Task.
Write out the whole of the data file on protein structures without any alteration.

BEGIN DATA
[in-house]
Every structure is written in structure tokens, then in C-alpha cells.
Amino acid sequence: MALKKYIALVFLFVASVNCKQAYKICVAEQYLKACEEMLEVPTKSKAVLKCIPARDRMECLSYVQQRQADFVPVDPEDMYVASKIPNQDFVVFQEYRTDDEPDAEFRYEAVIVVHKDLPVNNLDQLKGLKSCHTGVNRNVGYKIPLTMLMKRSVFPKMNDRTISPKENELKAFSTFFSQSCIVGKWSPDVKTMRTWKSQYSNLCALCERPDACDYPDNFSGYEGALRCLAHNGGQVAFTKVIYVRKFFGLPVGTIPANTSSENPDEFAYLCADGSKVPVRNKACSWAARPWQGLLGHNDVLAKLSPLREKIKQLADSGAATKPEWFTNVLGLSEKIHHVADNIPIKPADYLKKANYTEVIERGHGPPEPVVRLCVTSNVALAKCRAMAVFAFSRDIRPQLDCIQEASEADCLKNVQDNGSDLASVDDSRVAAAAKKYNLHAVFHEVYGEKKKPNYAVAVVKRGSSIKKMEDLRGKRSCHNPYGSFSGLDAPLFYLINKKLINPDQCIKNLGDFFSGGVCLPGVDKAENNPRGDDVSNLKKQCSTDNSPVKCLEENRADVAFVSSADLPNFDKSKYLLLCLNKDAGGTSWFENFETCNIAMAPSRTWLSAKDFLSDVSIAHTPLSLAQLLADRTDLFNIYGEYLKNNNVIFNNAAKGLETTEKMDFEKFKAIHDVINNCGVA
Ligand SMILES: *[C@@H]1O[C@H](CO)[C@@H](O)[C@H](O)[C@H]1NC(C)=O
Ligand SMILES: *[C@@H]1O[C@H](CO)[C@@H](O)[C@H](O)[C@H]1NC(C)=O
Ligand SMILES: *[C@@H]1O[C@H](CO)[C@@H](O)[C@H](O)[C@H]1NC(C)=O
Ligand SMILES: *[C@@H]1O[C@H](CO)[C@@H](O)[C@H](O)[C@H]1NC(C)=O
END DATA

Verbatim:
[in-house]
Every structure is written in structure tokens, then in C-alpha cells.
Amino acid sequence: MALKKYIALVFLFVASVNCKQAYKICVAEQYLKACEEMLEVPTKSKAVLKCIPARDRMECLSYVQQRQADFVPVDPEDMYVASKIPNQDFVVFQEYRTDDEPDAEFRYEAVIVVHKDLPVNNLDQLKGLKSCHTGVNRNVGYKIPLTMLMKRSVFPKMNDRTISPKENELKAFSTFFSQSCIVGKWSPDVKTMRTWKSQYSNLCALCERPDACDYPDNFSGYEGALRCLAHNGGQVAFTKVIYVRKFFGLPVGTIPANTSSENPDEFAYLCADGSKVPVRNKACSWAARPWQGLLGHNDVLAKLSPLREKIKQLADSGAATKPEWFTNVLGLSEKIHHVADNIPIKPADYLKKANYTEVIERGHGPPEPVVRLCVTSNVALAKCRAMAVFAFSRDIRPQLDCIQEASEADCLKNVQDNGSDLASVDDSRVAAAAKKYNLHAVFHEVYGEKKKPNYAVAVVKRGSSIKKMEDLRGKRSCHNPYGSFSGLDAPLFYLINKKLINPDQCIKNLGDFFSGGVCLPGVDKAENNPRGDDVSNLKKQCSTDNSPVKCLEENRADVAFVSSADLPNFDKSKYLLLCLNKDAGGTSWFENFETCNIAMAPSRTWLSAKDFLSDVSIAHTPLSLAQLLADRTDLFNIYGEYLKNNNVIFNNAAKGLETTEKMDFEKFKAIHDVINNCGVA
Ligand SMILES: *[C@@H]1O[C@H](CO)[C@@H](O)[C@H](O)[C@H]1NC(C)=O
Ligand SMILES: *[C@@H]1O[C@H](CO)[C@@H](O)[C@H](O)[C@H]1NC(C)=O
Ligand SMILES: *[C@@H]1O[C@H](CO)[C@@H](O)[C@H](O)[C@H]1NC(C)=O
Ligand SMILES: *[C@@H]1O[C@H](CO)[C@@H](O)[C@H](O)[C@H]1NC(C)=O